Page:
Colleen McCullough’s The Thorn Birds is a romance novel. An epic sweeping multi-generational saga, encompassing vast sweeping portions of a vividly described continent, plus it centers on a Forbidden Stolen Love…but it’s a romance novel at heart, chock-full of the inevitable fate(s) that tragedy calls down upon the erring participants, and the price we pay for sin.
The book begins in 1914, with the Cleary family scraping a living in New Zealand. Paddy Cleary works for other farmers, shearing sheep and milking dairy cattle, while his wife treads the endless circle of housewife’s work in pre-World War I era domestic technology, or rather lack of it. Paddy’s older sister Mary, a wealthy landowner in Australia, invites him to come work for her; they do come, preferring a steady place with family to independent poverty scratching a living with odd jobs in New Zealand. The local priest, Ralph de Bricassart, takes them under his wing, the daughter Meggie in particular. As she grows, Meggie develops an unrequited love for de Bricassart, not understanding that Catholic priests cannot form the relationship she wants of him1. In the middle, she gets her wish, and, as with all good tragic stories, in the end she loses everything as the result of her transgressions. The book’s full of emotional rollercoaster goodies: as one example, when Mary dies, she draws up a will deeding all her substantial property to the Church to be administered by [drumroll please] de Bricassart while ensuring that Paddy Cleary and his family will always have a home on Drogheda as long as they desire it, but ensures that only de Bricassart knows of the later will so disposing of her property–the previous will leaving everything to Paddy is held by Mary’s lawyer. Should Ralph destroy the will? Yes, of course. Does he? No, of course he doesn’t. Who would! Paddy stays on as a stockman, along with his sons, even after the death of his sister opens the possibility of his inheriting Drogheda, should he choose to contest the will.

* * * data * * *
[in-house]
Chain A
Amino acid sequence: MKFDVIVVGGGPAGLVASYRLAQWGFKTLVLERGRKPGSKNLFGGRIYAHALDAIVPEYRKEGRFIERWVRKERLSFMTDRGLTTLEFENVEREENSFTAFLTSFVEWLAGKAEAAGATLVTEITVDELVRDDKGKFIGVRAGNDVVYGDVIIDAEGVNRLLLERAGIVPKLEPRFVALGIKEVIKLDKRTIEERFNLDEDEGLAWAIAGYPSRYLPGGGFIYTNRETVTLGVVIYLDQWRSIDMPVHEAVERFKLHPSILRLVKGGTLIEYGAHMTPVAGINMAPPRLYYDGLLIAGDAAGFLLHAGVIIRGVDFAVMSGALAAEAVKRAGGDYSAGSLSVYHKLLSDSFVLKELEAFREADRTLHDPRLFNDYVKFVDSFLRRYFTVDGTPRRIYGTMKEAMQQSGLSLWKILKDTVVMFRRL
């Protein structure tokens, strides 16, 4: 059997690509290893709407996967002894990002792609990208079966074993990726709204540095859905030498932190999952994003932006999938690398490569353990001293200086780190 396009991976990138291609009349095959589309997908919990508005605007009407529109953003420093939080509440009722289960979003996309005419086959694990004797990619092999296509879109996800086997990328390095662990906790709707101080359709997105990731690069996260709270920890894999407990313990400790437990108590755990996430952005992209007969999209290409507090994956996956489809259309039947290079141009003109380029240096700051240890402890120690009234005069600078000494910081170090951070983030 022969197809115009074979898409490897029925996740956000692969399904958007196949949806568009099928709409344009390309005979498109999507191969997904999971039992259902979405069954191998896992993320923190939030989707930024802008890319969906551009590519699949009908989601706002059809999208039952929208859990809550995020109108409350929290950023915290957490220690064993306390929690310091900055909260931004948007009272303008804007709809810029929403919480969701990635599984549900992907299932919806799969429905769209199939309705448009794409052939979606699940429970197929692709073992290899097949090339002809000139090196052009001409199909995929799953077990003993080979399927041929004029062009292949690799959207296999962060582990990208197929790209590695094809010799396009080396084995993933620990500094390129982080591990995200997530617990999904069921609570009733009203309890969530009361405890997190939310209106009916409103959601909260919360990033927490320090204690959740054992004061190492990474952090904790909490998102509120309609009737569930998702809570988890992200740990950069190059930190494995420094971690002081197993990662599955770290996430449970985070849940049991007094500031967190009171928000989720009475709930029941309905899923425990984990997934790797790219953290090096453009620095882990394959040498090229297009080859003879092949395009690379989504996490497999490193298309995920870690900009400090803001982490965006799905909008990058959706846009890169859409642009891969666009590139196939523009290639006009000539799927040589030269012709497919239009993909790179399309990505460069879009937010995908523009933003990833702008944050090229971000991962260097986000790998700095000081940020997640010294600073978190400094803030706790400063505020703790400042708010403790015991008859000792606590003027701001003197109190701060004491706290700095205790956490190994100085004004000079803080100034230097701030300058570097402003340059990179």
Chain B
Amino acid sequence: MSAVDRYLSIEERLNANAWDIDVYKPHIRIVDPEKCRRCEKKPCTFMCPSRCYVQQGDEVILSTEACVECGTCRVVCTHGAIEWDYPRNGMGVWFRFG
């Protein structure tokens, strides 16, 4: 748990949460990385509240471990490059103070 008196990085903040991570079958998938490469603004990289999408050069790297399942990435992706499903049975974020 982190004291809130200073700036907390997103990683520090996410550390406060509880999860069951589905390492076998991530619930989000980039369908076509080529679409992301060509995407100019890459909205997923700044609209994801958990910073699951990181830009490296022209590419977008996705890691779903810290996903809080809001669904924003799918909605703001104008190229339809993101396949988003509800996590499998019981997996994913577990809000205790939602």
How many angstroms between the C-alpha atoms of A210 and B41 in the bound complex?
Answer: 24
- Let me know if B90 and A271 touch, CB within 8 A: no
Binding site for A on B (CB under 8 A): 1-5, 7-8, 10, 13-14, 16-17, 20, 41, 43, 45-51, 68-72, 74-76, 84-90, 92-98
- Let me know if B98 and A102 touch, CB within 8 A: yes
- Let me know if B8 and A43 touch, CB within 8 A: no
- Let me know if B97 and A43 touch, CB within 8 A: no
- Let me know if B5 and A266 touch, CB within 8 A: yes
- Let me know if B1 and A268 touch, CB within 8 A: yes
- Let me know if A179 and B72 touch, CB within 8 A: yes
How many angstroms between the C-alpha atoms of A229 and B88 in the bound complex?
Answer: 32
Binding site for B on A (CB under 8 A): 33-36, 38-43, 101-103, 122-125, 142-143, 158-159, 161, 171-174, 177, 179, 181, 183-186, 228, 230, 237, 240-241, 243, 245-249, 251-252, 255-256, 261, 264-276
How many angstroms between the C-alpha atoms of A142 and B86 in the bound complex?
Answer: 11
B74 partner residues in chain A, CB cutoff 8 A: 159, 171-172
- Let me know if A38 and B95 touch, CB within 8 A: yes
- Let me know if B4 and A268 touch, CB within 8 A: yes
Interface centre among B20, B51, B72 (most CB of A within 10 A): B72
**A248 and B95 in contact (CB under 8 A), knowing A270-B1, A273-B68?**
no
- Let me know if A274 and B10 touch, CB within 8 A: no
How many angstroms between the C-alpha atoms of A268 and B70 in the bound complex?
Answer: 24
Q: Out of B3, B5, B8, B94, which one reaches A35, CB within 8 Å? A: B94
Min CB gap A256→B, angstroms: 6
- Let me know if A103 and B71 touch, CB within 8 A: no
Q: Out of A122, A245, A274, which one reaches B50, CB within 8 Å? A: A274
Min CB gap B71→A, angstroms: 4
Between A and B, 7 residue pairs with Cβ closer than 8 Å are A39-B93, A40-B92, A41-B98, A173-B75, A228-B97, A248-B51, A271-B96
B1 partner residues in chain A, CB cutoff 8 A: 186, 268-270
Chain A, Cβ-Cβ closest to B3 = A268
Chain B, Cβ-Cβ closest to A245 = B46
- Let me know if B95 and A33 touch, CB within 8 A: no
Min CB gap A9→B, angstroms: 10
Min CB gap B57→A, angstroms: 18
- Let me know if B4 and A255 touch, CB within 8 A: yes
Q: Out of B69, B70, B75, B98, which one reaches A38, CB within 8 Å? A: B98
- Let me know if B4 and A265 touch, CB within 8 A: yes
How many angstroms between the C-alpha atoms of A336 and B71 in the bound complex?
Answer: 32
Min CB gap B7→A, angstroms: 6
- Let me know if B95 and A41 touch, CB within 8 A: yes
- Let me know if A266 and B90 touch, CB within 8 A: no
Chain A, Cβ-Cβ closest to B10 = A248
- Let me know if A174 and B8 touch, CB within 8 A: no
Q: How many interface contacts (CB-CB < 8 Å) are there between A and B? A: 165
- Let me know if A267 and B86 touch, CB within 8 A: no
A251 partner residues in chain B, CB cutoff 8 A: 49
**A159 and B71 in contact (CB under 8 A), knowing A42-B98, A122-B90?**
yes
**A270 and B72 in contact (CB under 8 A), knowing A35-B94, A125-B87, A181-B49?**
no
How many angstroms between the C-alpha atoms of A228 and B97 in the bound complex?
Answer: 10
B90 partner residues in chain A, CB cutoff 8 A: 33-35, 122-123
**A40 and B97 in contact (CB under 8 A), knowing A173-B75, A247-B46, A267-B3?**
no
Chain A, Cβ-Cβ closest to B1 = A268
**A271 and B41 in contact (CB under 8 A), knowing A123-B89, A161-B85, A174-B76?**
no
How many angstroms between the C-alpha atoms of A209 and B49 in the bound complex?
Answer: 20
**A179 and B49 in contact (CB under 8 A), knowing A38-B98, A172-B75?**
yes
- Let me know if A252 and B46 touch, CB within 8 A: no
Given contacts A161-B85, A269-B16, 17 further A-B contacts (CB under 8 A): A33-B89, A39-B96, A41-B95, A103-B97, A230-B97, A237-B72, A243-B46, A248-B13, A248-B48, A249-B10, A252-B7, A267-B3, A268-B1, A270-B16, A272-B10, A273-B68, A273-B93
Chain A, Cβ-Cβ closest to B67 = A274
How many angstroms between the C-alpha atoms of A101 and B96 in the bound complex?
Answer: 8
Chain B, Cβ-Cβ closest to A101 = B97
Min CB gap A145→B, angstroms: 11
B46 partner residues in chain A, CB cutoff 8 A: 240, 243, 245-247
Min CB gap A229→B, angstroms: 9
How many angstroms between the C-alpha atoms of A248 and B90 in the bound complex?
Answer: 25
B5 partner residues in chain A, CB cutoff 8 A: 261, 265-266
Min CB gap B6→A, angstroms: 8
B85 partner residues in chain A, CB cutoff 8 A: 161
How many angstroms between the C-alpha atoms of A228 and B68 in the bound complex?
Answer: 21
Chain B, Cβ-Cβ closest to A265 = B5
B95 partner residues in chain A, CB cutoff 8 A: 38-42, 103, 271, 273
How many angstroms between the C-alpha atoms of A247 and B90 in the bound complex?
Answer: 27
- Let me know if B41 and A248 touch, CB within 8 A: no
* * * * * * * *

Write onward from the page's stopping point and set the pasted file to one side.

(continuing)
The main gist of the book, however, is the illicit love affair between Meggie and Father Ralph, and ultimately whether human relationships or Drogheda will prove stronger. When it came out, the idea of a priest breaking his vow of chastity repeatedly with his beloved lady may have been more shocking that it is these days. It’s a little difficult to read the book now, compared to when it was written, after priests’…er…misbehavior with their juvenile parishioners has hit and continues to hit the headlines with some regularity. The idea that a priest could be in any way romantically involved with any of those under his spiritual guidance is an uncomfortable reminder that not all priests are the upright moral guides we’d like to think they were. That said, I’ll give McCullough the benefit of the doubt and assume that Father Ralph’s feelings for the child Meggie were only those of parental love and protection.
As with Gone with the Wind, the land is as much a character as any of the living breathing humans, but those human characters start to blend together somewhat; frankly, I have trouble distinguishing between Fee’s younger sons as they age, and Justine’s reactions to her uncles do emphasize this generic nature.
Gone with the Wind is probably still the gold standard for epic romance sagas about a bygone era; The Thorn Birds can’t possibly match that level of wringing emotion, but it’s a decent read nevertheless. Just don’t think too hard about either book; they can’t stand substantial literary analysis and criticism…but then they weren’t supposed to be that kind of book. Just read them, enjoy them if you like that kind of book, and forget about them when you’re done.
1those of you who know the plot or saw the miniseries can just stop laughing now. You and I know what happens but I’m trying to pretend for people who haven’t read the book yet!